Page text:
All Photos(2)



Mitomycin C from Streptomyces caespitosus

≥970 μg/mg (USP XXIV)

Empirical Formula (Hill Notation):
CAS Number:
Molecular Weight:
EC Number:
MDL number:
PubChem Substance ID:

Quality Level

biological source

Streptomyces caespitosus


≥970 μg/mg (USP XXIV)




H2O: 40 mg/mL, clear to very slightly hazy, colorless
H2O: soluble

antibiotic activity spectrum

Gram-negative bacteria
Gram-positive bacteria

Mode of action

DNA synthesis | interferes

storage temp.


SMILES string




InChI key


Looking for similar products? Visit Product Comparison Guide

Related Categories

General description

Chemical structure: aziridine


5, 25 mg in glass bottle


Mitomycin C is produced by a strain of actinomyces, Streptomyces caespitosus. It contains three anticancer moieties, quinine, urethane, and aziridine groups. It is used to generate mitotically inactive feeder cells in cell culture systems, such as the mitotically inactive fibroblasts used in embryonic stem cell systems.

Biochem/physiol Actions

Mode of Action: This product is an alkylating agent that specifically targets the guanine nucleoside sequence 5′-CpG-3′. It inhibits DNA synthesis by covalently reacting with DNA, forming crosslinks between complementary strands of DNA. This interaction prevents separation of complementary DNA strands, inhibiting DNA replication.

Antimicrobial Spectrum: Mitomycin C has strong antitumor activity, especially against Ehrlich ascites tumor cells, and strong bactericidal action against gram-positive and gram-negative bacteria.


Stock solutions should be filter sterilized and stored at 2-8 °C in the dark. Solutions at pH 6-9 can be stored at 0-5 °C for up to a week, but if a precipitate forms, a fresh solution should be prepared - the precipitated solution has been proven toxic to cells.

Preparation Note

Mitomycin C is soluble in water at .5 mg/mL, with a pH of 6.0-7.5. It undergoes rapid degradation in acidic solutions with pH<6, and is mostly likely to retain activity in solutions with a pH between 6-9.


Skull and crossbonesHealth hazard

Signal Word


Hazard Statements

Precautionary Statements

Hazard Classifications

Acute Tox. 2 Oral - Carc. 2

Storage Class Code

6.1B - Non-combustible, acute toxic Cat. 1 and 2 / very toxic hazardous materials



Flash Point(F)

Not applicable

Flash Point(C)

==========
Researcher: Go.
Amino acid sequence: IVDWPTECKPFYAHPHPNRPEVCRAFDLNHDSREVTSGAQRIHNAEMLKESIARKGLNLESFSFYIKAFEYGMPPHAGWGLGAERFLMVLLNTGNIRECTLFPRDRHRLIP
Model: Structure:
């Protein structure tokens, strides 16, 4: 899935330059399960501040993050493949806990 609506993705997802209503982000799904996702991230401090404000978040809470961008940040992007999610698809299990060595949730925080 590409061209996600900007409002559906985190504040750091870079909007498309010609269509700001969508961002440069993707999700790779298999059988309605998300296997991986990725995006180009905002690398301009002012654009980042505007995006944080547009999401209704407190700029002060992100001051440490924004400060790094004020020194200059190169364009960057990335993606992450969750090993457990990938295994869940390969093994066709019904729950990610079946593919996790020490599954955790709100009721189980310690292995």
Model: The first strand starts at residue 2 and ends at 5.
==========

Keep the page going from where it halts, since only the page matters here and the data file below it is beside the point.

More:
Not applicable

Personal Protective Equipment

dust mask type N95 (US), Eyeshields, Gloves

Certificate of Analysis

Enter Lot Number to search for Certificate of Analysis (COA).

Certificate of Origin

Enter Lot Number to search for Certificate of Origin (COO).

More Documents

Quotes and Ordering

Lars Petter Jordheim et al.
Molecular pharmacology, 84(1), 12-24 (2013-04-13)
The benefit of cancer chemotherapy based on alkylating agents is limited because of the action of DNA repair enzymes, which mitigate the damage induced by these agents. The interaction between the proteins ERCC1 and XPF involves two major components of
Xin Wang et al.
Nature medicine, 19(4), 473-480 (2013-03-26)
Sorting nexin 27 (SNX27), a brain-enriched PDZ domain protein, regulates endocytic sorting and trafficking. Here we show that Snx27(-/-) mice have severe neuronal deficits in the hippocampus and cortex. Although Snx27(+/-) mice have grossly normal neuroanatomy, we found defects in
Annika Gillis et al.
Applied and environmental microbiology, 80(14), 4138-4152 (2014-05-06)
GIL01, Bam35, GIL16, AP50, and Wip1 are tectiviruses preying on the Bacillus cereus group. Despite the significant contributions of phages in different biological processes, little is known about the dealings taking place between tectiviruses and their Gram-positive bacterial hosts. Therefore
Scott C Jeffrey et al.
Journal of medicinal chemistry, 48(5), 1344-1358 (2005-03-04)
Antibody-drug conjugates (ADCs) were prepared consisting of DNA minor groove binder drugs (MGBs) attached to monoclonal antibodies (mAbs) through peptide linkers designed to release drugs inside the lysosomes of target cells. The site of linker attachment on the MGB was
Maarten J Deenen et al.
International journal of radiation oncology, biology, physics, 85(5), e201-e207 (2013-03-23)
Newer radiation techniques, and the application of continuous 5-FU exposure during radiation therapy using oral capecitabine may improve the treatment of anal cancer. This phase 1, dose-finding study assessed the feasibility and efficacy of simultaneous integrated boost-intensity modulated radiation therapy

Our team of scientists has experience in all areas of research including Life Science, Material Science, Chemical Synthesis, Chromatography, Analytical and many others.

Contact Technical Service